FIG. 4 depicts another portion of a browser screen shot 150 in which the Stats tab 126 is active to reveal a stats table 164. In the stats table 164 an “All Games Statistics” for is ontologically narrowed to “Sheldon Williams” subject matter by a second category set. The second category set include results listed for season 2009-10 by Min, Reb, STL, TO, PPP, and Pts. Data by full season, @TOR for “at Toronto”, ATL for “Atlanta”, and similarly for MIN (Minnesota), CHI (Chicago), and DAL (Dallas).

While the preferred embodiment of the invention has been illustrated and described, as noted above, many changes can be made without departing from the spirit and scope of the invention. Accordingly, the scope of the invention is not limited by the disclosure of the preferred embodiment. Instead, the invention should be determined entirely by reference to the claims that follow.

Claims (9)

The embodiments of the invention in which an exclusive property or privilege is claimed are defined as follows:
1. A non-transitory computer-readable medium having instructions, that when executed by a processing device, enable the processing device to implement a method, the method comprising:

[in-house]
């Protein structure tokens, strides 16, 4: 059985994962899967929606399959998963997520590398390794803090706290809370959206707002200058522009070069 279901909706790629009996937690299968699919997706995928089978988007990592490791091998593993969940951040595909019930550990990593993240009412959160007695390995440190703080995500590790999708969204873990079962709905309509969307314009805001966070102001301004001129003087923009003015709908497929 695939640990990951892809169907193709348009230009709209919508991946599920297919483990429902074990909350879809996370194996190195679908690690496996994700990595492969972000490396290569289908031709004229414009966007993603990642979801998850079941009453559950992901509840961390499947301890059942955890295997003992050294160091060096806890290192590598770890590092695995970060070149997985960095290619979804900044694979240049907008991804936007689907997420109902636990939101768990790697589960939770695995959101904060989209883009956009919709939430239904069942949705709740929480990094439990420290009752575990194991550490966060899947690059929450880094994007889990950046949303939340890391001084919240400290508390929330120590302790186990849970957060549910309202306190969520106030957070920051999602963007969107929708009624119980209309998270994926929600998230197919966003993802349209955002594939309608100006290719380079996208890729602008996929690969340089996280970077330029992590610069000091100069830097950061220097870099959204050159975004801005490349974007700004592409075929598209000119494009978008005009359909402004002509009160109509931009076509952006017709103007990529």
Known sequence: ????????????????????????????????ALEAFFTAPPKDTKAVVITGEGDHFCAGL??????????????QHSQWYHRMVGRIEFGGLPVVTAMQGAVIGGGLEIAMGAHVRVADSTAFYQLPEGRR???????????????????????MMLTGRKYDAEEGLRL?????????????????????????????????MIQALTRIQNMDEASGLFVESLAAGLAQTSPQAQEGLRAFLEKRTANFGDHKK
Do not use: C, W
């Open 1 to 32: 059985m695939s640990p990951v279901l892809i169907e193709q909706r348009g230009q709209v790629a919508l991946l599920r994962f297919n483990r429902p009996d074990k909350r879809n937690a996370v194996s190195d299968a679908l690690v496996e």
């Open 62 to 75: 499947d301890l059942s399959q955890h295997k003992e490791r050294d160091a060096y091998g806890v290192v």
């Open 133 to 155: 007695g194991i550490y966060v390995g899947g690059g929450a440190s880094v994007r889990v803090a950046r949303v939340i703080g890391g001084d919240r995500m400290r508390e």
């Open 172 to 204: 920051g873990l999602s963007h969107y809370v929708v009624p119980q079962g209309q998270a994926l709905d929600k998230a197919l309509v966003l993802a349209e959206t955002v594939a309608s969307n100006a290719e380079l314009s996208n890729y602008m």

displaying in a graphical user interface (GUI) on a display device an alphanumeric expression;
generating to the GUI a first data-entry field;
receiving in the first field partial first search term;
in response to receiving the partial first search term, generating to the GUI a first drop-down menu listing a first set of predetermined items ontologically related to the first alphanumeric expression;
wherein the first search term comprises an identifier of a sports team;
receiving a selection of a first item of the first set of items;
generating to the GUI a second data-entry field;
receiving in the second field a partial second search term;
in response to receiving the partial second search term, generating to the GUI a second drop-down menu listing a second set of predetermined items ontologically related to the selected first item;